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Research Seminars

Retired Faculty Scholarship Seminars


These lunch meetings enable faculty to share their ongoing research, get feedback and encouragement, and be supported in their scholarly lives.  These might be opportunities to discuss the larger dimensions of one’s scholarship, its development over the years, its importance for the academic and larger worlds, its challenges for an independent scholar.

Eight seminars are scheduled for the 2017-2018 academic year.

The Research Seminar meets Noon to 1:30 PM in St. Clement's Hall, 201 Foster St., Room S415 (Conference Room), on the Brighton Campus.

Complimentary light lunch will be available from 11:40 AM and the seminar will begin at noon and conclude by 1:30.

Note on parking for seminars in St. Clement’s Hall:

There is parking for half a dozen cars without BC stickers, and with a ninety-minute limit, in the semicircular driveway in front of the north wing of St. Clement’s.   For cars with BC stickers, there is parking available in the two lots north of St. Clement’s off Foster St. 

If you do not have a BC sticker, you may park in either of those locations, but to avoid parking tickets it is best to leave a note on your windshield indicating that you are retired BC faculty, attending a BCARF function or using the BC Association of Retired Faculty office, St. Clement’s 425S.

Unless you have an A or M sticker, do not park in the lot directly in front of the south wing of St. Clement’s.  The parking restriction in this lot is rigorously enforced.


Thursday, September 14, 2017 – Noon to 1:30 PM

Rosemarie Bodenheimer (English)

“Paul Mendelssohn-Bartholdy (1812-1874), the younger brother of the German composers Felix and Fanny Mendelssohn.”  Based on the manuscript in process of her historical novel.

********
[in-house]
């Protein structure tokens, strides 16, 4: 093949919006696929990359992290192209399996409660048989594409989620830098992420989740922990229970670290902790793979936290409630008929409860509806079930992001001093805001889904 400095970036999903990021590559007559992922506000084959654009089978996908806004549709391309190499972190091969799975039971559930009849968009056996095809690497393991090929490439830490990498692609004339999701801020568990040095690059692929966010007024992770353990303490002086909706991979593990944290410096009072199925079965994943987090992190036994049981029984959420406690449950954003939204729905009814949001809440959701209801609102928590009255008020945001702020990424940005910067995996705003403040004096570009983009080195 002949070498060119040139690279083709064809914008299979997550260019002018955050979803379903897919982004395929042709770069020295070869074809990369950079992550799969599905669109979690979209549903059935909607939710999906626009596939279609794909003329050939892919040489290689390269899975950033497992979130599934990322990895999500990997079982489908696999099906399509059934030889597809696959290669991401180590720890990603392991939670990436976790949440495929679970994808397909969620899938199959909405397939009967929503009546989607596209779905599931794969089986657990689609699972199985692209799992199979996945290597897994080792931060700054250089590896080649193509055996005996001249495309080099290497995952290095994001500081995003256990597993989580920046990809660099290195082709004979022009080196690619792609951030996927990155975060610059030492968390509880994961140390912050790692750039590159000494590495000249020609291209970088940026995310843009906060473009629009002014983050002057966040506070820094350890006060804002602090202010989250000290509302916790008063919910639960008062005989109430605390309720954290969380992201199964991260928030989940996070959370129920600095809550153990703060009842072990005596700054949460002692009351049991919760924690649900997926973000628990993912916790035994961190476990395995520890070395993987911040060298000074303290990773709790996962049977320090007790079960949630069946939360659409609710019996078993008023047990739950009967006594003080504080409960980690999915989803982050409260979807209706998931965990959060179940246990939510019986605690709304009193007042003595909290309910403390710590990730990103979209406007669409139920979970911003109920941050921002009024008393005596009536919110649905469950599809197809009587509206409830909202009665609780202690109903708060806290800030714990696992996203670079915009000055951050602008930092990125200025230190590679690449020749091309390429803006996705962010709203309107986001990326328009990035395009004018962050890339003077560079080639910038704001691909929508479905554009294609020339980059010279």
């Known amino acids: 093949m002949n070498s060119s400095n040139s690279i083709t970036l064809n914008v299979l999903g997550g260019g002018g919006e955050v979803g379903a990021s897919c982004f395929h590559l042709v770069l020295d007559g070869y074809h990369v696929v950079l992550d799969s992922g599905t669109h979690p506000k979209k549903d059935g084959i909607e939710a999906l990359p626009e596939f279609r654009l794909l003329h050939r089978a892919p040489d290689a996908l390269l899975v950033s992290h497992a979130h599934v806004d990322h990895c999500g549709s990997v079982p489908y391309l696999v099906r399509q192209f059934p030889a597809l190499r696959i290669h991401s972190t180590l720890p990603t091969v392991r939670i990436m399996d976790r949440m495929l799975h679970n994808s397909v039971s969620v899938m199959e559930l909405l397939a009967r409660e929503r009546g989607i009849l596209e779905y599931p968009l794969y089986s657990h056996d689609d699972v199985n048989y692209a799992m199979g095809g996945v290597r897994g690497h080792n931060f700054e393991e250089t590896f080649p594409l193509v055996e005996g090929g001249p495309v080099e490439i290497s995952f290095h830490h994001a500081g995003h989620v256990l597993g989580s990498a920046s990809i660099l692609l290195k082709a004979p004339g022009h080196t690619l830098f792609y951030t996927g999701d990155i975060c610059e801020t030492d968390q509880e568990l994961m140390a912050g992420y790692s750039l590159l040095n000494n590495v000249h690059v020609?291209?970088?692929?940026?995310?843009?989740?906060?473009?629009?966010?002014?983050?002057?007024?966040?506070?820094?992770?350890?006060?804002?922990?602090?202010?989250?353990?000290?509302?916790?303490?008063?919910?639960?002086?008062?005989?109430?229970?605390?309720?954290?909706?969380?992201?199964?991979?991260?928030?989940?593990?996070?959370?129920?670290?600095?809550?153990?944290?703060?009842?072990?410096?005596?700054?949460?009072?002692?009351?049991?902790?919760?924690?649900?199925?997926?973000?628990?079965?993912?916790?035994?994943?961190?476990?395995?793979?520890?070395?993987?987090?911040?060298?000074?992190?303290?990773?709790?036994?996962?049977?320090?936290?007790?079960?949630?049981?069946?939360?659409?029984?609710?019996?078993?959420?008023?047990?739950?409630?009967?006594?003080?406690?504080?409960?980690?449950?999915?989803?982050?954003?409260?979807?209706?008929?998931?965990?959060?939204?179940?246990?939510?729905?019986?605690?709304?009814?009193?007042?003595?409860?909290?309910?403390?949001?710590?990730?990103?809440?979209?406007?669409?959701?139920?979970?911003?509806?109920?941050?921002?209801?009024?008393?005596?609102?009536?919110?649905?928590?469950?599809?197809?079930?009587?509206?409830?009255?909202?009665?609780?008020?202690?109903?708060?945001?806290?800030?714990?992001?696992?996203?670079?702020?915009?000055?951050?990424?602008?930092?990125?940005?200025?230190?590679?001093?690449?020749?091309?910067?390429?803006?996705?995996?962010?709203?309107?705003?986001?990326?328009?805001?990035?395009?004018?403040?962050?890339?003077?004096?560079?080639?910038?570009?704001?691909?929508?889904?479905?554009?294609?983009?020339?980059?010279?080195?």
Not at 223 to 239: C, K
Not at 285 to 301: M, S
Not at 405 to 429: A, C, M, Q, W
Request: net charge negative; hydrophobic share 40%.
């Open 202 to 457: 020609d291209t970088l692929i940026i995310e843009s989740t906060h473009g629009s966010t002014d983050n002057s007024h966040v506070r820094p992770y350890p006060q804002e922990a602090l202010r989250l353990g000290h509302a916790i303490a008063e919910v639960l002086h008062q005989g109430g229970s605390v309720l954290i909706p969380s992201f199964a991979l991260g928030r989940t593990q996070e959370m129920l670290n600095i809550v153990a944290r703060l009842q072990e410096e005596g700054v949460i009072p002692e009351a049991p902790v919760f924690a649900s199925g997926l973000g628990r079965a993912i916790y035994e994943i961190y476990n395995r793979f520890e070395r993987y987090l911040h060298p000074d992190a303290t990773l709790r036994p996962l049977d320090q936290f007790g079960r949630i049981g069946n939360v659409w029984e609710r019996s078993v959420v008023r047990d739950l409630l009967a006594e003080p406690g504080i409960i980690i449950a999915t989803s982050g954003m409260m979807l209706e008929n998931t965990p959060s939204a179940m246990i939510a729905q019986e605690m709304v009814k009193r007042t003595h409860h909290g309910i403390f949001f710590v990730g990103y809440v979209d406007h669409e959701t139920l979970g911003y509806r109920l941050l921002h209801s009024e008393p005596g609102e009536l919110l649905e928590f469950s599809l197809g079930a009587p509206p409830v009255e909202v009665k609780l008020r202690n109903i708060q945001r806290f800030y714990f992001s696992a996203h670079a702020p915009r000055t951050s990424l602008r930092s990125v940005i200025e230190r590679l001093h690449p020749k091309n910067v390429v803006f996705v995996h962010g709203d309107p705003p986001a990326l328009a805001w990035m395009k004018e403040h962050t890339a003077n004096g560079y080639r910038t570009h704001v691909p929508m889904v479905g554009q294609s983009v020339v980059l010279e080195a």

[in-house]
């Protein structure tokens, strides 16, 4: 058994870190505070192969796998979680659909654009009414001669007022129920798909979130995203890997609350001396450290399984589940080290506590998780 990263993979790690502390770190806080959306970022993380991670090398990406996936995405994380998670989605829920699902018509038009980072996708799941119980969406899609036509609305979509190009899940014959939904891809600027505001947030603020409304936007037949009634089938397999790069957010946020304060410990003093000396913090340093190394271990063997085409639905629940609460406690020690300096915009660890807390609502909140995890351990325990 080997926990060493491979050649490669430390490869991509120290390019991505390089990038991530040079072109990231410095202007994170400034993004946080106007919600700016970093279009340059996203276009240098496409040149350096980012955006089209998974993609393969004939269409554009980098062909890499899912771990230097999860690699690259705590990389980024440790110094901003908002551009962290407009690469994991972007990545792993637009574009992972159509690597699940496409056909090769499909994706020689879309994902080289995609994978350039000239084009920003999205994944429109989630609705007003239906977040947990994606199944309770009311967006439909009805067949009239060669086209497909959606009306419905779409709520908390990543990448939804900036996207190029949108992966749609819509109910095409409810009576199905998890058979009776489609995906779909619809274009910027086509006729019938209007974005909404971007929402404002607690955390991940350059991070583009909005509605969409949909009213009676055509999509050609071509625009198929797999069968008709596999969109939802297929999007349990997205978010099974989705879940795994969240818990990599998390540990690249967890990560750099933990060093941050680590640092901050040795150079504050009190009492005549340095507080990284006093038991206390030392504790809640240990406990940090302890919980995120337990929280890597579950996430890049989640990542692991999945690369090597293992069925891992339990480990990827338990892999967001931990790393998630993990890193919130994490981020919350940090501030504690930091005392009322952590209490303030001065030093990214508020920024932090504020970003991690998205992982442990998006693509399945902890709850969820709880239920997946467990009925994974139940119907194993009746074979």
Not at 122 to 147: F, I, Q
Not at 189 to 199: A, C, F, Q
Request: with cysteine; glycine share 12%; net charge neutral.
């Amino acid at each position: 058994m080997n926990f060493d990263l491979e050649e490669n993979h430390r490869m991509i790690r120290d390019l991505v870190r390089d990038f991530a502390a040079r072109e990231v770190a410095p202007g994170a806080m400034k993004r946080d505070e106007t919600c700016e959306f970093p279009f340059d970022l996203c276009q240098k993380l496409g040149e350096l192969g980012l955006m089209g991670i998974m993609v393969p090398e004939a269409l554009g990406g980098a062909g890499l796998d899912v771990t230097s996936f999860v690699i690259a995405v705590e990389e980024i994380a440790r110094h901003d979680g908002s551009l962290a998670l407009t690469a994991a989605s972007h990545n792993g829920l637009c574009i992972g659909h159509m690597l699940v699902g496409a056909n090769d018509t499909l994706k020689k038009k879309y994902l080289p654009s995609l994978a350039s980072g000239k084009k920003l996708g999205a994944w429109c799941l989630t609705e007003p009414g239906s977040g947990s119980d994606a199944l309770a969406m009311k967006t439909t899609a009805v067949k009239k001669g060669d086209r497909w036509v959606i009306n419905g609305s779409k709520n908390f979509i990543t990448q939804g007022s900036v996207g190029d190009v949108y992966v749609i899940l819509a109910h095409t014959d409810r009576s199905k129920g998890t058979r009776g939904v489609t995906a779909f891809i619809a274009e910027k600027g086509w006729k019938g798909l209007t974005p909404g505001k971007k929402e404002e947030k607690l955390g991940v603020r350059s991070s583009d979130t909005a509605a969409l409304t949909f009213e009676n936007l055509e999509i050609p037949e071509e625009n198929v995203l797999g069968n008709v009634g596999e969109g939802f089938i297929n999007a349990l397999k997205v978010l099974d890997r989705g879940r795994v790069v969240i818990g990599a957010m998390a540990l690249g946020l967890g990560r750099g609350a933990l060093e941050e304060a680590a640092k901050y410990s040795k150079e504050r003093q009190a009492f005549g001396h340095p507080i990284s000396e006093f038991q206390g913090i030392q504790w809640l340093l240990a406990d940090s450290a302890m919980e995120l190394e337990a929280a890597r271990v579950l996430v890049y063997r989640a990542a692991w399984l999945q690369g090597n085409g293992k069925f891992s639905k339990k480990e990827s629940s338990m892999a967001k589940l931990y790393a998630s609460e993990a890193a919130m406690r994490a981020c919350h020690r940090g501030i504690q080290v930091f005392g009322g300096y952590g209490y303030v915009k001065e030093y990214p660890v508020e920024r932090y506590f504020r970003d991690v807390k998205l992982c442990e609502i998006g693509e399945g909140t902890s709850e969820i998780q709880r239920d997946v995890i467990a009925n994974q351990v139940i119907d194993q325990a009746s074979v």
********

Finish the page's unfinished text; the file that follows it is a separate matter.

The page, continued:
Thursday, October 12, 2017 – Noon to 1:30 PM

John Paris, S.J. (Theology)

"Reflections on the Charlie Gard Case: How American and British Courts Differ in Resolving Family-Physician Disputes."  Based on a co-authored article appearing in the Journal of Perinatology.

Thursday, November 9, 2017 – Noon to 1:30 PM

Rebecca Valette (Romance Languages)

“Navaho Weavings with Ceremonial Themes.” Based on a new book by Rebecca and Jean-Paul Valette. Research was supported by a BCARF grant.

Thursday, December 7, 2017 – Noon to 1:30 PM

Robert Faulkner (Political Science)

“George Washington and Constitutional Democracy”

Thursday, February 15, 2018 – Noon to 1:30 PM

Michael Clarke (Chemistry)

“A Century of Newton’s Parks and Recreation.” Mike has been an alternate member of the Newton Parks and Recreation Commission since 1994.

Thursday, March 15, 2018 – Noon to 1:30 PM

David Northrup, History, will address some topics from his new book, Seven Myths of Africa in World History (Hackett Publications, 2017)

Thursday, April 12, 2018 – Noon to 1:30 PM

Robert Daly, S.J. (Theology)

“The Phenomenology of Redemption.” Based on a recent article in Theological Studies.

Thursday, May 10, 2018 – Noon to 1:30 PM

John Dacey (Education)

“Social/Emotional Learning among College First-year Students”